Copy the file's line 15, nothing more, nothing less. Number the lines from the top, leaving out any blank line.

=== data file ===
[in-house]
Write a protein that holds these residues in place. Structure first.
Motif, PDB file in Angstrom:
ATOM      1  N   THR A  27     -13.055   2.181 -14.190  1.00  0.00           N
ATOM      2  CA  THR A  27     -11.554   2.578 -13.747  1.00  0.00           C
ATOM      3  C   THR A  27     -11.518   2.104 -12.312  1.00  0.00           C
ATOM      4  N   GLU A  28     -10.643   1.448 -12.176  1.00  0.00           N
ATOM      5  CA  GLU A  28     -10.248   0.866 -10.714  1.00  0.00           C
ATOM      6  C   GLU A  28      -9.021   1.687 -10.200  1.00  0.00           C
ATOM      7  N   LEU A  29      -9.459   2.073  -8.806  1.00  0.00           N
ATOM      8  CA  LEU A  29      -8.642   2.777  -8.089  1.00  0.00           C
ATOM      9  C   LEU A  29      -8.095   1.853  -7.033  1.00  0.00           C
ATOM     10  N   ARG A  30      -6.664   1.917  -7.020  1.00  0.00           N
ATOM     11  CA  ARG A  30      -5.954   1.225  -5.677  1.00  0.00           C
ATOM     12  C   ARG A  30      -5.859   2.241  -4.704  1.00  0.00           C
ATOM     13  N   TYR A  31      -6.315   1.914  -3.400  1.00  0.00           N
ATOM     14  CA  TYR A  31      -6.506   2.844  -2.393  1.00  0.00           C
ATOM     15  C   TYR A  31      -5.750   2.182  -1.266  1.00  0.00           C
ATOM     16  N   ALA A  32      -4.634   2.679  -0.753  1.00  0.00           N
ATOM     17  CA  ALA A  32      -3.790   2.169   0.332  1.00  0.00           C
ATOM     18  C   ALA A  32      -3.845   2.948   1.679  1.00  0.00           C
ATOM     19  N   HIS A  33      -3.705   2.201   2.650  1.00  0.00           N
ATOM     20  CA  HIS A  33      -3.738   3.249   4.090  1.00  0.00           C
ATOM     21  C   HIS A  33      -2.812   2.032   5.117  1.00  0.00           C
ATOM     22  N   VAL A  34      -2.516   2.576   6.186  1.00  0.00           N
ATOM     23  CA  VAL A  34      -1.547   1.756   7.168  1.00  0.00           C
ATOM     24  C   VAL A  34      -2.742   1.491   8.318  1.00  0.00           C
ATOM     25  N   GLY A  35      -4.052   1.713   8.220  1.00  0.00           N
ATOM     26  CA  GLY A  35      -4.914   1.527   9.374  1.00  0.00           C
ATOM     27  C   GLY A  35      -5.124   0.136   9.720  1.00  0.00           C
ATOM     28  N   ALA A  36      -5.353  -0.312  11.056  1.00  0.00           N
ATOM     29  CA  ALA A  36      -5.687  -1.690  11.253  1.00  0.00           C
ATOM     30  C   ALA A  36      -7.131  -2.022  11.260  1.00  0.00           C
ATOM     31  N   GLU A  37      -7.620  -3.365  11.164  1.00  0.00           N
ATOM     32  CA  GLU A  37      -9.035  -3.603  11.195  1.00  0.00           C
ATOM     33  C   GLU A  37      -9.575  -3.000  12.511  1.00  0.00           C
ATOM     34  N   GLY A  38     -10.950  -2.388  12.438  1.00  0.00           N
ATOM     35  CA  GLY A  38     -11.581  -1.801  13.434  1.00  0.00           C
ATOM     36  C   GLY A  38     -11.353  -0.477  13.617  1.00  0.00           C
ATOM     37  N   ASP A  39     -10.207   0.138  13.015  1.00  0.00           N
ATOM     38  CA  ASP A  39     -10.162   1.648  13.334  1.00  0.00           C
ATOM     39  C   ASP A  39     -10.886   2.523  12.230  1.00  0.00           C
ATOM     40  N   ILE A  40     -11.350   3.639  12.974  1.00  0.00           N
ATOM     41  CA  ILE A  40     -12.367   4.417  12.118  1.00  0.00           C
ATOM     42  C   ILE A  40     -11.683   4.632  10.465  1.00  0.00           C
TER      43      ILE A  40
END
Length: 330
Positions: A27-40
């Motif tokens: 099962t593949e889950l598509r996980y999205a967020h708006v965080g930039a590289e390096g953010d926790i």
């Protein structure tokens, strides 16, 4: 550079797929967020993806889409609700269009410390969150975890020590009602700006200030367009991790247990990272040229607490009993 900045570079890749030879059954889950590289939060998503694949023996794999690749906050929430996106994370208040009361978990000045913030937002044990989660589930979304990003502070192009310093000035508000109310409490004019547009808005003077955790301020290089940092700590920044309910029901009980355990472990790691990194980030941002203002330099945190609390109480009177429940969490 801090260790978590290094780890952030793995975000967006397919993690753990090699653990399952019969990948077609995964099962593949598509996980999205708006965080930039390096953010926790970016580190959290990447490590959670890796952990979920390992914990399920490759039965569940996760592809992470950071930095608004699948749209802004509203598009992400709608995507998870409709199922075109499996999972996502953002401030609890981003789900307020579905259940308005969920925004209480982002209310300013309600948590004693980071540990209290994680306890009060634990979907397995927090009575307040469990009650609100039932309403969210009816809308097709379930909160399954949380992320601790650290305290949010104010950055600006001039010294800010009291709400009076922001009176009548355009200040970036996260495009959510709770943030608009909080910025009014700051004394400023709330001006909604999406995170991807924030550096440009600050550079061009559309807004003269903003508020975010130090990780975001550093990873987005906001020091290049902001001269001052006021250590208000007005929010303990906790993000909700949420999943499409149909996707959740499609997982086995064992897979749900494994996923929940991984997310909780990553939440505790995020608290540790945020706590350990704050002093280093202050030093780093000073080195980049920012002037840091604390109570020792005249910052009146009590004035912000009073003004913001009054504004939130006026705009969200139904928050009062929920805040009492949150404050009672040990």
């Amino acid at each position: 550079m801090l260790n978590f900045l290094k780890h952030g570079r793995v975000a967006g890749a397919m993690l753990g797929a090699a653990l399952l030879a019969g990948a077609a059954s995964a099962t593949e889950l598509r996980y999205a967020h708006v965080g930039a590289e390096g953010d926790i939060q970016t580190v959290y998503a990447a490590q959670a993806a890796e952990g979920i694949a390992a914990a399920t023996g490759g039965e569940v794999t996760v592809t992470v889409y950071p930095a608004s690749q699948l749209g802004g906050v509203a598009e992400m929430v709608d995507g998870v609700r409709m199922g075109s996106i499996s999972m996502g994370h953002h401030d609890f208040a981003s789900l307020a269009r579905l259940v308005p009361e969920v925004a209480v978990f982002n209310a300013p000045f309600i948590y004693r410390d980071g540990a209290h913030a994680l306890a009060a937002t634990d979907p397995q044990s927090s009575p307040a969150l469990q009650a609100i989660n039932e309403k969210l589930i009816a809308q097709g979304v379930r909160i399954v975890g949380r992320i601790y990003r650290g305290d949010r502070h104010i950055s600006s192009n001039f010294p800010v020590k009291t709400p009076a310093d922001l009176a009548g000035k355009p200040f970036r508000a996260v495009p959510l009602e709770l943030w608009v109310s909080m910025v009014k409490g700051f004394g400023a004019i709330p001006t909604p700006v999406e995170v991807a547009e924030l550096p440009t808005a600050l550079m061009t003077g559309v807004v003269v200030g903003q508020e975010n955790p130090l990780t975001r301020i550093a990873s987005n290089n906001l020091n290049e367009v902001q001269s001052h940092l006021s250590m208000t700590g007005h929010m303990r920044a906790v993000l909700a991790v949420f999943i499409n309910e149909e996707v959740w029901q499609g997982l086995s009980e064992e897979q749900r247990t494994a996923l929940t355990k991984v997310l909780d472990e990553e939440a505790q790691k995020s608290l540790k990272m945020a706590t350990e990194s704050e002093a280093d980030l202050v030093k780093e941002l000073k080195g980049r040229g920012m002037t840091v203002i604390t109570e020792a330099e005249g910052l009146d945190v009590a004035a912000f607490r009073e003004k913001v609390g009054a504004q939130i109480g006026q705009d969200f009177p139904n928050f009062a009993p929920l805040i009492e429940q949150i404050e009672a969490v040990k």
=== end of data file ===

ATOM     12  C   ARG A  30      -5.859   2.241  -4.704  1.00  0.00           C